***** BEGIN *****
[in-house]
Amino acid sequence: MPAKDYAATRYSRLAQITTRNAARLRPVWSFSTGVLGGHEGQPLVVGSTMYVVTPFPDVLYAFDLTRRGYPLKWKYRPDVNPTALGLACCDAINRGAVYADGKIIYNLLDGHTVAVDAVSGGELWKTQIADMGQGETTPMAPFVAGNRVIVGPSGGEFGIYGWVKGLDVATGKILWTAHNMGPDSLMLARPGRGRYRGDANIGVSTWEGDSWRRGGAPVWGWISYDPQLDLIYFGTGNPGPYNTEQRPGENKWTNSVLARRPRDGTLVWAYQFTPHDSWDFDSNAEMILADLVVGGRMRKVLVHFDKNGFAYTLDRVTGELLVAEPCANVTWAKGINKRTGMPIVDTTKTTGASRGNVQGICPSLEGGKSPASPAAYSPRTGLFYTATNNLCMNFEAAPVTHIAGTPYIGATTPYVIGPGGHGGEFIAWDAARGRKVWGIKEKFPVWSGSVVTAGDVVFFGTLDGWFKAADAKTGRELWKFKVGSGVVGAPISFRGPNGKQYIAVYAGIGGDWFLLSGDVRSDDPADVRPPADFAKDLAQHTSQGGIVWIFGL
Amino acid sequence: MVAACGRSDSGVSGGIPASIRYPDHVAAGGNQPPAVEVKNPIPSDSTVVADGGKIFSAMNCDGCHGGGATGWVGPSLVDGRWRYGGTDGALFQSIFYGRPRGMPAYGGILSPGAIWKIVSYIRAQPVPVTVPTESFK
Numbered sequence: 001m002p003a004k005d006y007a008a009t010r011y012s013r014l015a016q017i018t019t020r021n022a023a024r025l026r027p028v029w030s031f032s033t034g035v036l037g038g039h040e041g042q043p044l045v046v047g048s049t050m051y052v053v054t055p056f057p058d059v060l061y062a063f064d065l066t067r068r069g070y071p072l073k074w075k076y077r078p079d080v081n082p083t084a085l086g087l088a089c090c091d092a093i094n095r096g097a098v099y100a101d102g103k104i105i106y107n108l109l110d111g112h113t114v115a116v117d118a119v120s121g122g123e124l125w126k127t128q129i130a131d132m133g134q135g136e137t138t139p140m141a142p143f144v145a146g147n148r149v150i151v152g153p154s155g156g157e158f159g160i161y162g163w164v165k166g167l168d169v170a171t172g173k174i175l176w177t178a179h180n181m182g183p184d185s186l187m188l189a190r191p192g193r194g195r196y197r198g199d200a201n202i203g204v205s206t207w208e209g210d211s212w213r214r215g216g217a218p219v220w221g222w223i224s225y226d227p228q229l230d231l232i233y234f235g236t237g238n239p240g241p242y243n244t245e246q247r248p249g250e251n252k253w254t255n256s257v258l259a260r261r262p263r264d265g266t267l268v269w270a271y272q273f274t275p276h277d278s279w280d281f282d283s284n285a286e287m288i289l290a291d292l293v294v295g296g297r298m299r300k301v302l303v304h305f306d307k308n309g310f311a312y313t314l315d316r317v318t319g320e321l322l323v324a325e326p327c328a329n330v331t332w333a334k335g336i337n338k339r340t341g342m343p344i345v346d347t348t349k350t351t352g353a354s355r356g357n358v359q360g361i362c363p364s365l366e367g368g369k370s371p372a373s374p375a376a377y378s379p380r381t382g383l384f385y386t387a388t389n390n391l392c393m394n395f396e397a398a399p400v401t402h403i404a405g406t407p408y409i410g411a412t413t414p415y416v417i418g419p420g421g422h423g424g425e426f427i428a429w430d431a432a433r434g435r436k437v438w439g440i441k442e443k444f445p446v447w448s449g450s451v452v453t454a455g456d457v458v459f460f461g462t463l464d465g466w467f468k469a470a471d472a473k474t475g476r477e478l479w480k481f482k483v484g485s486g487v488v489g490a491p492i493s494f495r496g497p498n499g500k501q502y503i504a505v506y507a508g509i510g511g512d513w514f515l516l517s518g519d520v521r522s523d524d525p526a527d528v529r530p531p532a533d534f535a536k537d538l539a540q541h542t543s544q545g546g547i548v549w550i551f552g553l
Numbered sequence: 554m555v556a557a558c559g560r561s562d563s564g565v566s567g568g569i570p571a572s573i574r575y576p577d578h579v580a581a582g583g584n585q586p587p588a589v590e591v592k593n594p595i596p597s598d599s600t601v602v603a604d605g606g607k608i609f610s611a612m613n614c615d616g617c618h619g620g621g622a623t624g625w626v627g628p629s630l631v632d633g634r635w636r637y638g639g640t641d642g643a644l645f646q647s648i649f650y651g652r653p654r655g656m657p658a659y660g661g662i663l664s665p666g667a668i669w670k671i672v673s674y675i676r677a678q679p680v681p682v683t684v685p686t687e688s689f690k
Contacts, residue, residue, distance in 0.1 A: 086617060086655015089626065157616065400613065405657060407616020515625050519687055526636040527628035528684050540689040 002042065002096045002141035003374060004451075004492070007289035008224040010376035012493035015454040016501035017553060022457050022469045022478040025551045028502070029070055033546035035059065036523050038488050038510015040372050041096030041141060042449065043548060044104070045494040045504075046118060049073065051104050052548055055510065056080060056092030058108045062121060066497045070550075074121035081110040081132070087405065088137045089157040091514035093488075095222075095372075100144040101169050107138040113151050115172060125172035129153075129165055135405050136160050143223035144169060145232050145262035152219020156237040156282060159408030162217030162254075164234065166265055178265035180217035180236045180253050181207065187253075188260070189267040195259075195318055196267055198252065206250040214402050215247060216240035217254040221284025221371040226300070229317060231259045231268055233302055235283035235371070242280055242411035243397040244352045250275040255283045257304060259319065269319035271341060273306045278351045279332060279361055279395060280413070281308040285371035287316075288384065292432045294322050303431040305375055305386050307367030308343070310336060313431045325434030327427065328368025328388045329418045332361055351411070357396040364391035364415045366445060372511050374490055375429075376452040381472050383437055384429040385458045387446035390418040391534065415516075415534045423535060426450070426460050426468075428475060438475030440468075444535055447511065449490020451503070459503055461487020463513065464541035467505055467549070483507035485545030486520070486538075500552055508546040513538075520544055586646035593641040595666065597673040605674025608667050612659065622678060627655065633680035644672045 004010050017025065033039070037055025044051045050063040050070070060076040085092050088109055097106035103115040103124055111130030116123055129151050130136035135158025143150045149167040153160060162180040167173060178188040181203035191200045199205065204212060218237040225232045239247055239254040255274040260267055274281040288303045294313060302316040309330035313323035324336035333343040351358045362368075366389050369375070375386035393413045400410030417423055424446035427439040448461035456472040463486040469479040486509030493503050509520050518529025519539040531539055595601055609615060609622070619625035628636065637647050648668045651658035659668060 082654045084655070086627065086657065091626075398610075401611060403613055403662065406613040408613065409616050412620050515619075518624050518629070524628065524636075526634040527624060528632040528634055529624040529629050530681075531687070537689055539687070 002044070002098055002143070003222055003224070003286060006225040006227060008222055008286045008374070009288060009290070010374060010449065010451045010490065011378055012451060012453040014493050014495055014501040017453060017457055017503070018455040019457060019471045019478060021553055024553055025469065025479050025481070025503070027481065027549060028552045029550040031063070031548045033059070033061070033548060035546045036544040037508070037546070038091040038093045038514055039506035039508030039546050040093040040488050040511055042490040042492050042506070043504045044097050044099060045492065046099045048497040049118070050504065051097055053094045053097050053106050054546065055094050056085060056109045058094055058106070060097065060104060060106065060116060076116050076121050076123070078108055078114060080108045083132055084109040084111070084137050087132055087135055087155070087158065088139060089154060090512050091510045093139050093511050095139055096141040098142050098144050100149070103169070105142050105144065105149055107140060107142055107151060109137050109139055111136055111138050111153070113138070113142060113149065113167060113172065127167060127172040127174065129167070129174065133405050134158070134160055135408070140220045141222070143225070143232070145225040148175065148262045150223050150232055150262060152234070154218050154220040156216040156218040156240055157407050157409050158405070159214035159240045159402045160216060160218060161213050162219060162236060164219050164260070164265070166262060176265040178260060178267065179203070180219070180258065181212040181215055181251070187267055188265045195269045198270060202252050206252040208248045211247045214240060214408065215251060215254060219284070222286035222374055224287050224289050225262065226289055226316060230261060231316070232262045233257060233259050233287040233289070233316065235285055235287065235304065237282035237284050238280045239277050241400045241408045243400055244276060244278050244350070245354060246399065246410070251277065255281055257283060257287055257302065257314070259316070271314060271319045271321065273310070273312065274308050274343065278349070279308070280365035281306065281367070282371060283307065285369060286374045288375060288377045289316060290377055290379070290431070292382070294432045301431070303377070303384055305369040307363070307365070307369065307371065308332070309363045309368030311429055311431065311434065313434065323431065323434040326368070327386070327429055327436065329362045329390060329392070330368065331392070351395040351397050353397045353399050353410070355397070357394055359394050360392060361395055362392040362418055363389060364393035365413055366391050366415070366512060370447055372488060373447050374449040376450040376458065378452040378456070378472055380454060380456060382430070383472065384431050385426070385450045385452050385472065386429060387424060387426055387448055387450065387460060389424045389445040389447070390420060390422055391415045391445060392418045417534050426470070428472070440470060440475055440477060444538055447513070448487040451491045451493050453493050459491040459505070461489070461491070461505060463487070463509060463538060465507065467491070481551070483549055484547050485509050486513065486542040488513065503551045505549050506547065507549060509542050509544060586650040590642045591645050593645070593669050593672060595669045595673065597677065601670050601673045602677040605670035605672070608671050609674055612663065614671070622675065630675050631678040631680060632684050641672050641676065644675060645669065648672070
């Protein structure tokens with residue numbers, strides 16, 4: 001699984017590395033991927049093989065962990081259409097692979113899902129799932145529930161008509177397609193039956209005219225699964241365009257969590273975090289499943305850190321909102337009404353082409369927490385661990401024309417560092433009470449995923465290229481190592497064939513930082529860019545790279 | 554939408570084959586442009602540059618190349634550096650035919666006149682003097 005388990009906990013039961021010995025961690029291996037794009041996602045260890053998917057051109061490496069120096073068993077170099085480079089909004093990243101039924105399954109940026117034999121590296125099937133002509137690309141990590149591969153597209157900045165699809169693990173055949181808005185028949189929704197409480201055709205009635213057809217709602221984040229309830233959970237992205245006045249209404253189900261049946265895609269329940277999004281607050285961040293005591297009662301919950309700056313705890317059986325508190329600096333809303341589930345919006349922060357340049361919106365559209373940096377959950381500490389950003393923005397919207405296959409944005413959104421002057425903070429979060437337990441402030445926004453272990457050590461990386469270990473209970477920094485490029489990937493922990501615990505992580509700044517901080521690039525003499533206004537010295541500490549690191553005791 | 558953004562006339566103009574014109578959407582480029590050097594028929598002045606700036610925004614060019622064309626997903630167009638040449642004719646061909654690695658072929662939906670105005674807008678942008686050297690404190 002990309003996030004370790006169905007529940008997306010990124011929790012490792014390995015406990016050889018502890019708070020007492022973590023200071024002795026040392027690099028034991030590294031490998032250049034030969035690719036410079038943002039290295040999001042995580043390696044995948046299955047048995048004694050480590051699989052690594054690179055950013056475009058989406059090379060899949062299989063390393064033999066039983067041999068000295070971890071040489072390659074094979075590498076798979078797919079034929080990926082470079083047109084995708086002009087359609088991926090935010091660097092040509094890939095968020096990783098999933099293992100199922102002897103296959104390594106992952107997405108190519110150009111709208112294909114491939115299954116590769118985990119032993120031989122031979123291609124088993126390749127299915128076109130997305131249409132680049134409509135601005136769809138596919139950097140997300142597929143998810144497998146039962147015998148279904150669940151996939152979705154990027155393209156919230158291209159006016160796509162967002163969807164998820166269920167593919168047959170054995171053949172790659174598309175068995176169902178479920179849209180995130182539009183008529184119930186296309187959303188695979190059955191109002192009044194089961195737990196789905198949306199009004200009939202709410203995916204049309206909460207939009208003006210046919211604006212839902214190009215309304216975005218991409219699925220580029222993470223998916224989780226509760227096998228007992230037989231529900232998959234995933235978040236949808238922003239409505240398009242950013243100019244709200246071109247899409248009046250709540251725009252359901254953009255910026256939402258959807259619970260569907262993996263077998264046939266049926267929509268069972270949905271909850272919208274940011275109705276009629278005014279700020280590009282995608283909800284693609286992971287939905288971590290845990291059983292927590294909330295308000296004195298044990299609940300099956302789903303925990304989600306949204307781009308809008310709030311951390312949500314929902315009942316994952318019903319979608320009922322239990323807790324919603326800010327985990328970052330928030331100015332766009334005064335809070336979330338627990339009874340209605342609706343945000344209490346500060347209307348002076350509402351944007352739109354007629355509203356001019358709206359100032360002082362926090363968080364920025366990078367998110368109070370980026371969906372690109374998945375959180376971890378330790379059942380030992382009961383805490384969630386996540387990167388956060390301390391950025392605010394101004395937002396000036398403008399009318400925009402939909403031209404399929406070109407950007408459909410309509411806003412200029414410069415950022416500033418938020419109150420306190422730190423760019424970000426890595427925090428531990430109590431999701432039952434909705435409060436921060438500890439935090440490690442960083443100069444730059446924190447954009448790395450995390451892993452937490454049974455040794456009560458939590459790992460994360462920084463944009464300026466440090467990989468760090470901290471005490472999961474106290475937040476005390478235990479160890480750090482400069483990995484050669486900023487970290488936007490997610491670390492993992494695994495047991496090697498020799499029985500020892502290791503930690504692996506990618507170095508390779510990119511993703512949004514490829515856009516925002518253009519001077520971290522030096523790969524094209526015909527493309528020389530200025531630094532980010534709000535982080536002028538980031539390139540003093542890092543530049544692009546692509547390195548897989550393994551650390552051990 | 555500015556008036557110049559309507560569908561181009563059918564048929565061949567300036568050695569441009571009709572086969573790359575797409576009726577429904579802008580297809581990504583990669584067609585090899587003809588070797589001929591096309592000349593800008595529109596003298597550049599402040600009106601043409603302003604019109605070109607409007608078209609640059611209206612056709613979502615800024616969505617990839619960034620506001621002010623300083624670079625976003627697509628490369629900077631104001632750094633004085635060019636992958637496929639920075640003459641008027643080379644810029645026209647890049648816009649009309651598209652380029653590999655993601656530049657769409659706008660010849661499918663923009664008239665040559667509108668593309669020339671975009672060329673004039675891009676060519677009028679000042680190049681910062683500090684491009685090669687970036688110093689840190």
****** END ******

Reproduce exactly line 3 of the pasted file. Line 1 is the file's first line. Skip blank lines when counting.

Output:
Amino acid sequence: MVAACGRSDSGVSGGIPASIRYPDHVAAGGNQPPAVEVKNPIPSDSTVVADGGKIFSAMNCDGCHGGGATGWVGPSLVDGRWRYGGTDGALFQSIFYGRPRGMPAYGGILSPGAIWKIVSYIRAQPVPVTVPTESFK